BC: It’s not mainstream culture and neighborhood.  I think, in talking with, with a lot of our partners, if you have never had a positive outdoor experience, it’s really important that those first experiences are with people you know and trust.  And so, going out as a group—as a community—is the most important thing. And that’s part of why the Health and Outdoor Initiative is really centered on community health workers as the leaders. And so, in Next Door Inc., it’s not Sierra Club that’s leading the hikes; it’s community health workers from Next Door Inc. that are leading the hikes. And, actually, we arranged that Sierra Club and Latino Outdoors provide the training for those community health workers, so they had the skills and the understanding and the insurance coverage and everything they needed to be leaders. And I think that experience is breaking down barriers. And hearing Latino Outdoors talk about, kind of, the evolution is the first few experiences are as a group and then some people decide they’re going to go be mountaineers; some people decide they’re going to hike; some people decide they’re going to go ski. So, those experiences just get different. And once you’ve opened the doors and made it comfortable, you’ve got it.  But I think there’s also other important things that the Hood River group has talked to us a lot about is, signage is not bilingual.  It’s not really clear what you need permits for.  Forest Service uniforms look similar to Immigration and Customs Enforcement uniforms. So, and then other pieces that we’ve heard is there’s not enough group camping facilities or group picnic facilities. And there’s rules about moving picnic tables together. (music bed starts) And I think Oregon State Parks is working through some of those issues so that outdoors is really welcoming to everybody.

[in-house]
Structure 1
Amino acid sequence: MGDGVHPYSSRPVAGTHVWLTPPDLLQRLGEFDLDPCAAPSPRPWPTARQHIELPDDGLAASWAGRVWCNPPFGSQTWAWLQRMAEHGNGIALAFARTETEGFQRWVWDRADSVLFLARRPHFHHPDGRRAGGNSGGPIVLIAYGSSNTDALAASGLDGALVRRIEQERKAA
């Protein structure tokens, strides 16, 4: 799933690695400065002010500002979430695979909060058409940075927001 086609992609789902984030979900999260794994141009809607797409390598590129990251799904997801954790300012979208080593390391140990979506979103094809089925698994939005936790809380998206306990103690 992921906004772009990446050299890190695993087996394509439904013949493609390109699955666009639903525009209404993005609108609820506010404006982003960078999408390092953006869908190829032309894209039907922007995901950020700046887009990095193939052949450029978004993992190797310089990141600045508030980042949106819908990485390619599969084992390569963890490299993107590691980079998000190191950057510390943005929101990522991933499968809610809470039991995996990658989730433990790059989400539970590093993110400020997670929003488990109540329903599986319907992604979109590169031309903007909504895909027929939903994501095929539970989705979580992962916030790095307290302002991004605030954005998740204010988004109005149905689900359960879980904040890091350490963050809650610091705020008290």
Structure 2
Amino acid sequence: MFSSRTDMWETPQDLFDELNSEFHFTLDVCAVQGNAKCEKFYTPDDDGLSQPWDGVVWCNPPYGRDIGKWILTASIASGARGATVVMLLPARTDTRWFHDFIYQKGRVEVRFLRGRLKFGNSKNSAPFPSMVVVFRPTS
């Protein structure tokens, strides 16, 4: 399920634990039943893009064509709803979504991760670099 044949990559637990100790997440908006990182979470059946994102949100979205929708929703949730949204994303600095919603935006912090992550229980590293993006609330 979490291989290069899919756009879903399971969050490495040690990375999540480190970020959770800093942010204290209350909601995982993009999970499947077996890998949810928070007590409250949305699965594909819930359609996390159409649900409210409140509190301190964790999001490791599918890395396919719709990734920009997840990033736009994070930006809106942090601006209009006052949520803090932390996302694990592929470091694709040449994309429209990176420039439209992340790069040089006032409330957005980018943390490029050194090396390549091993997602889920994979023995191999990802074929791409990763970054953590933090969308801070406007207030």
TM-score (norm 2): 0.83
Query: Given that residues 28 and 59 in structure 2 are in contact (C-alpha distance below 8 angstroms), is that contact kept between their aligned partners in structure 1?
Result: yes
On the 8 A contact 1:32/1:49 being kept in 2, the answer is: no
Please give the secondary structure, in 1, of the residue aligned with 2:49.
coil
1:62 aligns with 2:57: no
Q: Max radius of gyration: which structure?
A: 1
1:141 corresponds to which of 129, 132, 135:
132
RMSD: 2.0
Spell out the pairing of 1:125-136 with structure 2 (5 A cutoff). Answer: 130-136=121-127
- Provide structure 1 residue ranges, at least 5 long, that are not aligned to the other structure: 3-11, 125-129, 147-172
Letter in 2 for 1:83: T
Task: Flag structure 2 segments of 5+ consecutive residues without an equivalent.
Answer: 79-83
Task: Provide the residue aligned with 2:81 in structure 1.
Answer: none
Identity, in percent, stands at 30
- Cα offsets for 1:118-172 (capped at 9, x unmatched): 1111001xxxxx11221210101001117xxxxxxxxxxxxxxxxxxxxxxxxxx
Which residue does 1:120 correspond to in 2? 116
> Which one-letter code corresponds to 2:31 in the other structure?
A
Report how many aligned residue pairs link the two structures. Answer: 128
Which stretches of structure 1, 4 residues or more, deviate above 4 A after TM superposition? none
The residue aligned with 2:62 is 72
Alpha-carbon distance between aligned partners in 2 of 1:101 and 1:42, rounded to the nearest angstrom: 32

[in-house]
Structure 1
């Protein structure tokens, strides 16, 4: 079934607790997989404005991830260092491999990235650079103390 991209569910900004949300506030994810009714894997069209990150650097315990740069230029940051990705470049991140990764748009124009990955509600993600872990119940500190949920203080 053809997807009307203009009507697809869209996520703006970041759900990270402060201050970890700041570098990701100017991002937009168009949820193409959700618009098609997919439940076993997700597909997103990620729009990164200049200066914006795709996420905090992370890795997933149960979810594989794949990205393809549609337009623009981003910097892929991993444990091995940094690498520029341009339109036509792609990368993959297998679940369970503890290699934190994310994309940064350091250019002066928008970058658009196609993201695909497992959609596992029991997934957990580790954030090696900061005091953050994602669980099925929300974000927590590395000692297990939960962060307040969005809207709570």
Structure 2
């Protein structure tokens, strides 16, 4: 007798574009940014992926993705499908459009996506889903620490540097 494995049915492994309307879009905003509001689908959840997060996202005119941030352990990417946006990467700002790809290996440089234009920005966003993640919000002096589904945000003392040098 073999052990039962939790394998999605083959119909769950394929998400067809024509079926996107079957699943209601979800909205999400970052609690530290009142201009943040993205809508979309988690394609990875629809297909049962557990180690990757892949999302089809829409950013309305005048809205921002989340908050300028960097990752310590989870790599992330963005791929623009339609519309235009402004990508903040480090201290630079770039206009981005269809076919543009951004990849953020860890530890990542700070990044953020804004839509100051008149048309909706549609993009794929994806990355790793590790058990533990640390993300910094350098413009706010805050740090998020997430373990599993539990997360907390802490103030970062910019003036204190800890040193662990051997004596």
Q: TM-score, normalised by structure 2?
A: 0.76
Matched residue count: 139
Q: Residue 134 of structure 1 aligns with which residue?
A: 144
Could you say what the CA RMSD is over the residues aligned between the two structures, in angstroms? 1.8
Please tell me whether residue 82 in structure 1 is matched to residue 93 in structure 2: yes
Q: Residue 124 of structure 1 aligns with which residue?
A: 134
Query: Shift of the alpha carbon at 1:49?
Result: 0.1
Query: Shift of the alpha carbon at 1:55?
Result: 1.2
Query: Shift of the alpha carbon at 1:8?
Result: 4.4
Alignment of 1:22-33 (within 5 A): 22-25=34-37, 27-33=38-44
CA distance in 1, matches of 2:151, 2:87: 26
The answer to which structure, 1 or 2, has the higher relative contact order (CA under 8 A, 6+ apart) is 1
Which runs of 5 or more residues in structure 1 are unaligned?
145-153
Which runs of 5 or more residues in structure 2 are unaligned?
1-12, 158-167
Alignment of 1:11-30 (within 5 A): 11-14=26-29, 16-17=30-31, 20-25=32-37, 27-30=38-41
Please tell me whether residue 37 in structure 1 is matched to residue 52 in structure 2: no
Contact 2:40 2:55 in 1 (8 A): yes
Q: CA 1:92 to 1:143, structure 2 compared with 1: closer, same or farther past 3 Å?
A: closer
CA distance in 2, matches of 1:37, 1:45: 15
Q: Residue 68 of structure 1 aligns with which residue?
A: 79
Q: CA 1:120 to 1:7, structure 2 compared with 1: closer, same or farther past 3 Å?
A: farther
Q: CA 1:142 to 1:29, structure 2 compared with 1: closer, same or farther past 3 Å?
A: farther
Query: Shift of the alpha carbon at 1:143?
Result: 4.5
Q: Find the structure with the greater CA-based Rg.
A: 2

CS: There are health and outdoors opportunities Willamette Partnership is supporting right now for the Health and Outdoor Initiative, opportunities that are literally just around the corner in our neighborhoods. I asked Bobby to describe one, the Jade District Project, and tell us why is it so important to this community.

BC: I think the Jade District Greening Project is really being led by the Asian Pacific Action Network of Oregon and Opal Environmental Justice. Willamette Partnership is just in a supporting role for that. Those two groups and a number of other partners have been having conversations, particularly about how do you increase green space and tree canopy on two census blocks over on the east side of Portland. And if you think of where I-205, 82nd Avenue, and Powell and Division, that’s kind of where we’re talking about. That area has some of the highest incidences of asthma in Multnomah County. It’s bracketed by these kind of high-volume transportation corridors. It’s got some of the lowest, kind of, areas of tree canopy. It’s linguistically diverse, low-income. And I think what the Jade District Project has identified is, they want to increase tree canopy, increase access to green space, increase transportation safety, combat gentrification, a number of different issues. And so, there’s a strategy being put into place to increase green space, particularly for two things: to reduce exposure to air pollutants and to increase birth weights. If we can reduce air pollution exposure and increase birth weights, that creates a foundation of health that can help the community and the neighborhoods move forward. So, Willamette Partnership’s role is really thinking through how you build the measurement systems and the business case so that it doesn’t become a future use here and there. That we’re really able to say, “No. Let’s get towards the 80 percent canopy closure in the Jade District. And let’s invest millions of dollars—not just a few hundred thousand here and there.”

CS: Thanks for joining us. And in the next installment about Willamette Partnership’s work on the Oregon Health and Outdoors Initiative, Bobby gives us the business case for why Medicaid should be investing in trees at hospitals. Yes! Why health systems should be thinking about having a view of nature from every hospital room—because that has been proven to decrease recovery time. I’m Christopher Springmann, and thanks for joining us.